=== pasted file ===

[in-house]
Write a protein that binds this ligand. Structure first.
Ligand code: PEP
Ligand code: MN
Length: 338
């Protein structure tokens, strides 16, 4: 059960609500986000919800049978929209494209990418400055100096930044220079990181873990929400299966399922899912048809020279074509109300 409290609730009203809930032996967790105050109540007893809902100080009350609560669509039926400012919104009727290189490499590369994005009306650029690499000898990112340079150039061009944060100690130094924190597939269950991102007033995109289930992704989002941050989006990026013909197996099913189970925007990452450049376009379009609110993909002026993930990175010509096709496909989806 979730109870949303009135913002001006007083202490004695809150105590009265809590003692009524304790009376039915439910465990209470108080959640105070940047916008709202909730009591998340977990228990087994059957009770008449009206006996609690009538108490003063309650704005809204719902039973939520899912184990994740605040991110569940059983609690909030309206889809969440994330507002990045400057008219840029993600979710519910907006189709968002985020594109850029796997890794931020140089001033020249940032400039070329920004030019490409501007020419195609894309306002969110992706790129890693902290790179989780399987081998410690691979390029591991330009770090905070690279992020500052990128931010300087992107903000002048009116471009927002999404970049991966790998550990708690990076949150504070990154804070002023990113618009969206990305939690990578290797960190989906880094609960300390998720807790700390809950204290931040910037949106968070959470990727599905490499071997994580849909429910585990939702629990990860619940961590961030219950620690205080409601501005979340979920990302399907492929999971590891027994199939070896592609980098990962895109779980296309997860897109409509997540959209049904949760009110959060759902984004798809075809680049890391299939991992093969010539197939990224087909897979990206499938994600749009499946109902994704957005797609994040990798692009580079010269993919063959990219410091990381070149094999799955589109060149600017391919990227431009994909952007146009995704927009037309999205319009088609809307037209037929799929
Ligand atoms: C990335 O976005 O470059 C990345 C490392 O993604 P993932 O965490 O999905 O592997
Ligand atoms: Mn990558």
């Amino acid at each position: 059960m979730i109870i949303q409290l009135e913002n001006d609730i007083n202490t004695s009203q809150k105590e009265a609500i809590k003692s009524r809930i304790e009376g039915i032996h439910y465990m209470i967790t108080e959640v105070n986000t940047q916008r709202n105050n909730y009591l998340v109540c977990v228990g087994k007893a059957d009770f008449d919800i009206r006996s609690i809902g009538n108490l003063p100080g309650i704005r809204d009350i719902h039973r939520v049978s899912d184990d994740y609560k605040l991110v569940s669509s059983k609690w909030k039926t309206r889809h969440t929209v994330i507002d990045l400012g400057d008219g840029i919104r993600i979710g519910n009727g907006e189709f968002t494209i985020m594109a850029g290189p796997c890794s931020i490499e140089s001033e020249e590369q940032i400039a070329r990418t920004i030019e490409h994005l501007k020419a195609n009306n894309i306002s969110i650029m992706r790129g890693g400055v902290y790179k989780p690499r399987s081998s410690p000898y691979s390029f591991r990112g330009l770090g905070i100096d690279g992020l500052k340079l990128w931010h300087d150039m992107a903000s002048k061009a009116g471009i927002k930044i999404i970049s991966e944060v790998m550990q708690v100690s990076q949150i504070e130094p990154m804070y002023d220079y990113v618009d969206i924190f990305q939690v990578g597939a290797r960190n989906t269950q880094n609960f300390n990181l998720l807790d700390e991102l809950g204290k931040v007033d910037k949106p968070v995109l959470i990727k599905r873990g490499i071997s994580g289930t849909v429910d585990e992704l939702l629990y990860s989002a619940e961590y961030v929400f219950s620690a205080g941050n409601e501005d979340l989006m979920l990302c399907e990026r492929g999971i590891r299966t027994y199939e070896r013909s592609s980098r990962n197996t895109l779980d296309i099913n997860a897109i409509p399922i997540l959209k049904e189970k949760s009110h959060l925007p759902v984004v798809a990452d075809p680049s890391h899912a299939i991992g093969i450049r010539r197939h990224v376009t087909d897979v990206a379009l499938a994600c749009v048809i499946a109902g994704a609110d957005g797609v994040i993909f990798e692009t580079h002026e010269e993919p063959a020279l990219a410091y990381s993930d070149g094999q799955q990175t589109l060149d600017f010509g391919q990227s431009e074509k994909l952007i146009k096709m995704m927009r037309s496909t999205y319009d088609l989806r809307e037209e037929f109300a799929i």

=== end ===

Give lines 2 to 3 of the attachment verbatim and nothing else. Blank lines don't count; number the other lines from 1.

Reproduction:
Write a protein that binds this ligand. Structure first.
Ligand code: PEP